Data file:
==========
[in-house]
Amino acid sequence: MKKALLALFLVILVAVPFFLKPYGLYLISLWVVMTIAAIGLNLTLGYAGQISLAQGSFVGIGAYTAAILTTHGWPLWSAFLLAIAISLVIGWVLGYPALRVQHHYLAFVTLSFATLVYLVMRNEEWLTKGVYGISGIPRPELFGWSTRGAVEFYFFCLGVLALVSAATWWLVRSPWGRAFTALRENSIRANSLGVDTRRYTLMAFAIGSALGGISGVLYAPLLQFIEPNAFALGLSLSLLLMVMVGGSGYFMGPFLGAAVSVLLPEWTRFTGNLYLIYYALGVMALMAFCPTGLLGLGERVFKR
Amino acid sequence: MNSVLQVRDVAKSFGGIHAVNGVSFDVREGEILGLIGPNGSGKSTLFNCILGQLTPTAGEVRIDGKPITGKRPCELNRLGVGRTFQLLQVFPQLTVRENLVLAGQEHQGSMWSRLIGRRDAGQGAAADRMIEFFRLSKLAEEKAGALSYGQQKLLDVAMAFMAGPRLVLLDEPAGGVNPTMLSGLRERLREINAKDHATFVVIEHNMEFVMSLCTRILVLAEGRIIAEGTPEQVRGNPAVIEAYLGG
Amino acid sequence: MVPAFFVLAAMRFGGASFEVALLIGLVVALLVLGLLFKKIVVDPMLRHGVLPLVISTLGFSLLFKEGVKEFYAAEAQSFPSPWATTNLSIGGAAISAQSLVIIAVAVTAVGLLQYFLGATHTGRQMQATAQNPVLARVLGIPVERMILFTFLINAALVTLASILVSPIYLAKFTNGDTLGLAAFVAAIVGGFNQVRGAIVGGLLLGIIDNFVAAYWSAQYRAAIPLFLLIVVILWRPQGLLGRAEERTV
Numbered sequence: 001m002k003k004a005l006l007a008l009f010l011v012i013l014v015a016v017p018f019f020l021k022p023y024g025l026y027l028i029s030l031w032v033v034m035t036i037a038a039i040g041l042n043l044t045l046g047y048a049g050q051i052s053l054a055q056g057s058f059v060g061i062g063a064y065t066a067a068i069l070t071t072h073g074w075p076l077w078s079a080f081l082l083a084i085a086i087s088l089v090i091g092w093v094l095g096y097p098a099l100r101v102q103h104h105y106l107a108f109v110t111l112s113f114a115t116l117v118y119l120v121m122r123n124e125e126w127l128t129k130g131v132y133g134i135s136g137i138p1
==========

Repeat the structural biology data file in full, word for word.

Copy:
[in-house]
Amino acid sequence: MKKALLALFLVILVAVPFFLKPYGLYLISLWVVMTIAAIGLNLTLGYAGQISLAQGSFVGIGAYTAAILTTHGWPLWSAFLLAIAISLVIGWVLGYPALRVQHHYLAFVTLSFATLVYLVMRNEEWLTKGVYGISGIPRPELFGWSTRGAVEFYFFCLGVLALVSAATWWLVRSPWGRAFTALRENSIRANSLGVDTRRYTLMAFAIGSALGGISGVLYAPLLQFIEPNAFALGLSLSLLLMVMVGGSGYFMGPFLGAAVSVLLPEWTRFTGNLYLIYYALGVMALMAFCPTGLLGLGERVFKR
Amino acid sequence: MNSVLQVRDVAKSFGGIHAVNGVSFDVREGEILGLIGPNGSGKSTLFNCILGQLTPTAGEVRIDGKPITGKRPCELNRLGVGRTFQLLQVFPQLTVRENLVLAGQEHQGSMWSRLIGRRDAGQGAAADRMIEFFRLSKLAEEKAGALSYGQQKLLDVAMAFMAGPRLVLLDEPAGGVNPTMLSGLRERLREINAKDHATFVVIEHNMEFVMSLCTRILVLAEGRIIAEGTPEQVRGNPAVIEAYLGG
Amino acid sequence: MVPAFFVLAAMRFGGASFEVALLIGLVVALLVLGLLFKKIVVDPMLRHGVLPLVISTLGFSLLFKEGVKEFYAAEAQSFPSPWATTNLSIGGAAISAQSLVIIAVAVTAVGLLQYFLGATHTGRQMQATAQNPVLARVLGIPVERMILFTFLINAALVTLASILVSPIYLAKFTNGDTLGLAAFVAAIVGGFNQVRGAIVGGLLLGIIDNFVAAYWSAQYRAAIPLFLLIVVILWRPQGLLGRAEERTV
Numbered sequence: 001m002k003k004a005l006l007a008l009f010l011v012i013l014v015a016v017p018f019f020l021k022p023y024g025l026y027l028i029s030l031w032v033v034m035t036i037a038a039i040g041l042n043l044t045l046g047y048a049g050q051i052s053l054a055q056g057s058f059v060g061i062g063a064y065t066a067a068i069l070t071t072h073g074w075p076l077w078s079a080f081l082l083a084i085a086i087s088l089v090i091g092w093v094l095g096y097p098a099l100r101v102q103h104h105y106l107a108f109v110t111l112s113f114a115t116l117v118y119l120v121m122r123n124e125e126w127l128t129k130g131v132y133g134i135s136g137i138p1